ES: And it was a big show. I was freaked out. We were a very new group, and all these dudes were like ‘we want you guys to play this show.' It all turned out really good, except I had to freestyle and that was not good.

AK: Have you listened to that recording? Everyone was so behind you…

ES: No, I can’t listen to myself.

What does the future hold for AK Slaughter?

AK: Okay… what kinds of bombs do we want to drop on this man?

ES: Oh, yeah…

AK: Remember, some of these projects are confidential…

ES: I don’t what you are talking about! Anyway… I came over yesterday to work on a song and Aran is like ‘I have our next album planned out,’ and he shows me this list and it’s all these songs and a lot of them are on the theme of the Cyclops, who is this character we’ve been toying with the idea of using, putting the life of Cyclops on an album.

You mean Polyphemus, the Cyclops from the Odyssey?

ES: Yeah. So, anyway, we have this intro that’s like ‘Cyclops emerges from the cave’… and, from there, we just wanted to expand and have this whole ‘life of Cyclops’ thing. What I’m excited about is that Cyclops’s mom is a nymph, right? And his dad was Poseidon, and I guess (Polyphemus’ conception) was kind of like a rape, but I’m going to make it seem like it’s a sexy, seductive, cave orgy. So, I’m excited to write a song about that, about these two mythical creatures… and I want it to be a slow jam with talking in the background. That would be cool.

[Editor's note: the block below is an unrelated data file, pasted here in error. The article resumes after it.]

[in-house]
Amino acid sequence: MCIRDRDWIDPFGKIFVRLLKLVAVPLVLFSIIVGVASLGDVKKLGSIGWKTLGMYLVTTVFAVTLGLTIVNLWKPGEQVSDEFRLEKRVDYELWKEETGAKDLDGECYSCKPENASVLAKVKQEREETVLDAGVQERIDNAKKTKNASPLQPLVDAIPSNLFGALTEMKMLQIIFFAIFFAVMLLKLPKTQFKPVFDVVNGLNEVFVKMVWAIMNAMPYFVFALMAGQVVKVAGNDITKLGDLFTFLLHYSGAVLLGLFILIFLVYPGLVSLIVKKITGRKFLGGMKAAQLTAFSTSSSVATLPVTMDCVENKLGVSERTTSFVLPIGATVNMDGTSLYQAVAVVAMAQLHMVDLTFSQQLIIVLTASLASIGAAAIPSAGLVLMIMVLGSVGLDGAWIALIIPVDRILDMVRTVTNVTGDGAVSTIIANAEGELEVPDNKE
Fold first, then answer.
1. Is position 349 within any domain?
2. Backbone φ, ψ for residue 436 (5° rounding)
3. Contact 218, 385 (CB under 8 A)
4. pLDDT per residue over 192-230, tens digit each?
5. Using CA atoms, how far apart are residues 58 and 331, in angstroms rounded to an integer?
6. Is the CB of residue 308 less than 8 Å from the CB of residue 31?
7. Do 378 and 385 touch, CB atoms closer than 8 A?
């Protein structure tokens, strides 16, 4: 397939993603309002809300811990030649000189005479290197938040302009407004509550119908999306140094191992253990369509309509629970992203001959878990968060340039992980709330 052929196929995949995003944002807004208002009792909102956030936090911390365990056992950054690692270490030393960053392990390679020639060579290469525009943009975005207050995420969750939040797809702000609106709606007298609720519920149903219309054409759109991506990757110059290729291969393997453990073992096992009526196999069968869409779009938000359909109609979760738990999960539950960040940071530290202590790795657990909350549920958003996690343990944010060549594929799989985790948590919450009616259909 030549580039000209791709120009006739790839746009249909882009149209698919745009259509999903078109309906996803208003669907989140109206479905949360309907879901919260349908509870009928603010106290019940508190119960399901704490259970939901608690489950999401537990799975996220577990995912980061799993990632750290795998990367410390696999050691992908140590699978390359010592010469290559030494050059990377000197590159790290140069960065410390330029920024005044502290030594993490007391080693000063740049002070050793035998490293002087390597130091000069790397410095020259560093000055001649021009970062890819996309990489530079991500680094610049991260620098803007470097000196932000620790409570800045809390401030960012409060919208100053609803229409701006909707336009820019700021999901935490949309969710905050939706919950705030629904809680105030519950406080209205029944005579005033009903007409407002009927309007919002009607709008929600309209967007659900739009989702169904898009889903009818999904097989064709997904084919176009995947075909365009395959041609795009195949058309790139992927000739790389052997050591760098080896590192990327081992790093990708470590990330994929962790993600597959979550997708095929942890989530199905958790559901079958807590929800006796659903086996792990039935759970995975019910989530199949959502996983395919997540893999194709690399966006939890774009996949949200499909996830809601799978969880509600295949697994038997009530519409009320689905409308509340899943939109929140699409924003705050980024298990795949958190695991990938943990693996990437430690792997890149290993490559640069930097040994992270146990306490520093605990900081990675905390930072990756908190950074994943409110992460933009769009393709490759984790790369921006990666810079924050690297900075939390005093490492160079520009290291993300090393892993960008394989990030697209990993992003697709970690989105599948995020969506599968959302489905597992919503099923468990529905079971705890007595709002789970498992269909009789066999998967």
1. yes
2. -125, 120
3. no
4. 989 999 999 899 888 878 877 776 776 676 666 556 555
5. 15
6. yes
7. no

That could have some educational value, maybe…

ES: Yeah… we had this idea a little while ago about doing the school circuit, and writing about hygiene and things like that, but we never actually did it. The closest we came was playing this library in Virginia. It was not family friendly. It’s really hard for me not to curse. It fucks up all the rhymes.


Emily, do your true-to-life lyrics ever cause you any problems?

ES: Well, it is kind of awkward writing about people that are alive, that can see and hear what you are doing. It’s hard for me to write in general. It comes back to Aran writing about things that are more out there and me writing about things that are more concrete. Not that I don’t have an imagination, but it’s hard for me to just pull things out of nothing. I have to base things on experience, and it’s hard. For example, I drive a car now, so I don’t get harassed all the time on the street. Not that I want to get harassed, but-

AK: - that’s fuel, right?

ES: Yeah. I’m really happy right now, I’m in a really great relationship, and things are going really well so it’s harder to write-

AK: - so now we write about Cyclops!


ES: Yeah, the last time I wrote, it was all about ‘love stuff.’ I guess that sells… I feel like anger is more of a motivator than anything else. Anger and sadness, I can do so much more with that than with anything.

AK: Whatever your conflict is-

ES: -without it, there’s no creative energy-

AK: - because even LL Cool J, he needs love, he’s not in love, you know what I mean?

ES: Yeah. He got a lot of shit for that song, didn’t he?

AK: I think he did, but he sold like ten million copies of it.

And so concludes my conversation with AK Slaughter. Look for this fearless rap duo to emerge from the cave somewhere near you sometime soon.
Posted by: Tim Kabara

Features (June 15th, 2009)